This is called the path of the Saints. This is the path Nisargadatta treaded before he became a Jnani and denied the reality of I Am. This is the path of Tantra, Kashmir Shaivism, of bliss, joy, aliveness and overflowing energies.
One cannot be called spiritually advanced unless they have walked both paths: Emptiness and the Absolute, and Love, Bliss, and Shakti.
The only other teachers that I have read that explicitly suggests this is Jan Essman, who states one can have walked the path of the Saint first, or of Emptiness first, and Bernadette Roberts who was a saint first then a Jnani. But one has to walk both to be truly advanced.
Nisargadatta walked both: first the path of the Saint which he describes in his first book, “Self-Knowledge and Self-Realization,” and then the path of the Unmanifest of his later talks, crystalized in "Consciousness and the Absolute." In his first book he talks of energies and the need to master them, attaining Krishna Consciousness, along with devotion to Krishna and his guru. Later he talks about going beyond the manifest self which he considered an illusion.
Bernadette Roberts too walked first the path of joy, bliss and the saint, and then of the disappearing of herself into emptiness, the Void without love and bliss.
If a teacher only talks about everyday life, and not of inner things, like the vast inner emptiness, or the Light of Consciousness, or of a holographic universe, or of unending bliss and joy, of internal healing energies, and streams of colored prana within their bodies, they really are just teaching you about the first step towards Unity Consciousness through the disappearance of boundaries by seeing through concepts and stories. But they cannot give that experience of awakening to you because they do not live it. They are teachers of that which they do not know.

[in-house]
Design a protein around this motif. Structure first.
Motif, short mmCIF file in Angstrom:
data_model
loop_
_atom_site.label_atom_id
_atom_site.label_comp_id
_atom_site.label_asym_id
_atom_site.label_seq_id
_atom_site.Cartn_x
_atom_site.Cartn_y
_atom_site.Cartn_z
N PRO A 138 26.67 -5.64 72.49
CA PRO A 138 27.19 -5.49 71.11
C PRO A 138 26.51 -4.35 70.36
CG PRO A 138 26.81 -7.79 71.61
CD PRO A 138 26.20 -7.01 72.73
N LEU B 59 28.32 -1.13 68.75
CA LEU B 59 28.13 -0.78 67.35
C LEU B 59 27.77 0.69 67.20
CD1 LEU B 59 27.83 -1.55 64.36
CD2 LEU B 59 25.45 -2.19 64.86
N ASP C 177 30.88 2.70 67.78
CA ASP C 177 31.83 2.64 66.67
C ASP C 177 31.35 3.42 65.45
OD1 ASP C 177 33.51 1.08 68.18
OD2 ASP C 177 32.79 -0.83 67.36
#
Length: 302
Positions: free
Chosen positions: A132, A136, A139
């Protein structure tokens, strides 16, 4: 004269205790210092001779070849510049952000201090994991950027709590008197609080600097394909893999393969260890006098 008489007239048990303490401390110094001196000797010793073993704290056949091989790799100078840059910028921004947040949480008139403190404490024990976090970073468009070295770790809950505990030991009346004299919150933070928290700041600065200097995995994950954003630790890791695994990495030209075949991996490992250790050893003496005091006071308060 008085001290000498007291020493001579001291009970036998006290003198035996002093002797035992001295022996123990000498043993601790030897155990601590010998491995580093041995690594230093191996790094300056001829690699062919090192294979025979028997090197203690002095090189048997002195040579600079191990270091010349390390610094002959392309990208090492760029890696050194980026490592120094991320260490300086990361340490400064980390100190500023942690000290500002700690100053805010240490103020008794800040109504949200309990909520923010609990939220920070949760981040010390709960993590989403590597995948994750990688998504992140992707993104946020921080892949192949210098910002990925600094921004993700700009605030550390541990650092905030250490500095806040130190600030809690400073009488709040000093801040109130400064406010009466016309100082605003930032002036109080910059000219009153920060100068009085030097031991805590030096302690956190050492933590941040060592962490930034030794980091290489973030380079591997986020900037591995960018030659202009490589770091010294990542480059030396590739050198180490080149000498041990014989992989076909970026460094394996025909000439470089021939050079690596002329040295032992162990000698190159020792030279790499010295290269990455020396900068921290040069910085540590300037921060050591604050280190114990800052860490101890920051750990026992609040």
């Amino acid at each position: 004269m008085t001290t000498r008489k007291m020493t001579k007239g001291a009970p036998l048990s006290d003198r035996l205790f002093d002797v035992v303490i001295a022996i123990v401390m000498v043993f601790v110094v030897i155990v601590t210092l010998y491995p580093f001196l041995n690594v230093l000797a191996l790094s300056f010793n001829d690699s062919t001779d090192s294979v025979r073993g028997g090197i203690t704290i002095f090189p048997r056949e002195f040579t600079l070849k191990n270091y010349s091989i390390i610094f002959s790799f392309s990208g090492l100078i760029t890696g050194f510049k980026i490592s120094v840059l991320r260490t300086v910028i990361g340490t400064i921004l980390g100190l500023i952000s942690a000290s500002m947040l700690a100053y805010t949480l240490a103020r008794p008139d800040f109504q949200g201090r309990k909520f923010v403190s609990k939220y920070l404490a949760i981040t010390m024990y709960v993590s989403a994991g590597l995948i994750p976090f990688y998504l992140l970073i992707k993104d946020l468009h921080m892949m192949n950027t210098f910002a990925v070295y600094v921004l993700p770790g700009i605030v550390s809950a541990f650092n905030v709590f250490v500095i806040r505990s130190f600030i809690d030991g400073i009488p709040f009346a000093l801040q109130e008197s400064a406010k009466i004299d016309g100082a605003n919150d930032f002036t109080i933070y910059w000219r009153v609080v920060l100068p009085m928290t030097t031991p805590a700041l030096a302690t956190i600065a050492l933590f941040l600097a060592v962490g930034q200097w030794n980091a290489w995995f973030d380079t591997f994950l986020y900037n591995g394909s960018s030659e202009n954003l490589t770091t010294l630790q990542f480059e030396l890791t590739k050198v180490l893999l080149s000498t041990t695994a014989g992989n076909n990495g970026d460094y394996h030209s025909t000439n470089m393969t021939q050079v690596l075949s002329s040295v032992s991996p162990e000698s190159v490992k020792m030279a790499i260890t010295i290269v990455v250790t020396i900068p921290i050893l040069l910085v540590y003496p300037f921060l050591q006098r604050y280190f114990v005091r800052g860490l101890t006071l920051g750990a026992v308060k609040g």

You just have received second hand knowledge of your true inner life, which is no more than philosophy.
I recommend you go with teachers who have spent a long, long time in one tradition and mastered it, like a confirmed Zen master, or Tibetan Lama, or a Shaivite master like Sw. Chetanananda, or Shinzen Young, a fellow monk from IBMC. Otherwise you are just kind of foolish, falling for instant enlightenment teachings.
The youngsters are popular because they are shallow, and tell people there is no need to struggle for years for awakening, because you are already awakened.
Once, during one of Robert’s Satsangs, a fellow asked Robert, “Why should I follow you and meditate and practice Self-inquiry, if I don’t exist and everything is an illusion?”
Robert responded, “Then wake yourself up now! Realize it now!” The guy was still with Robert three years later when Robert left for Sedona.
There are no ancient traditions that promise instant enlightenment, or 3-5 second enlightenment. This is the disease of current Neo-Advaita, secondary to the massive number of people Papaji said were enlightened. Ramesh Balsekar too fostered this misunderstanding by placing a very low bar of merely understanding Nisargadatta's Jnana teachings, and not focusing at all on self-inquiry, meditation, working with energies, love, surrender, and bliss.
If you think the Self is an illusion, all practices are moot. And, if you think the Self is an illusion, you will never, ever, find it.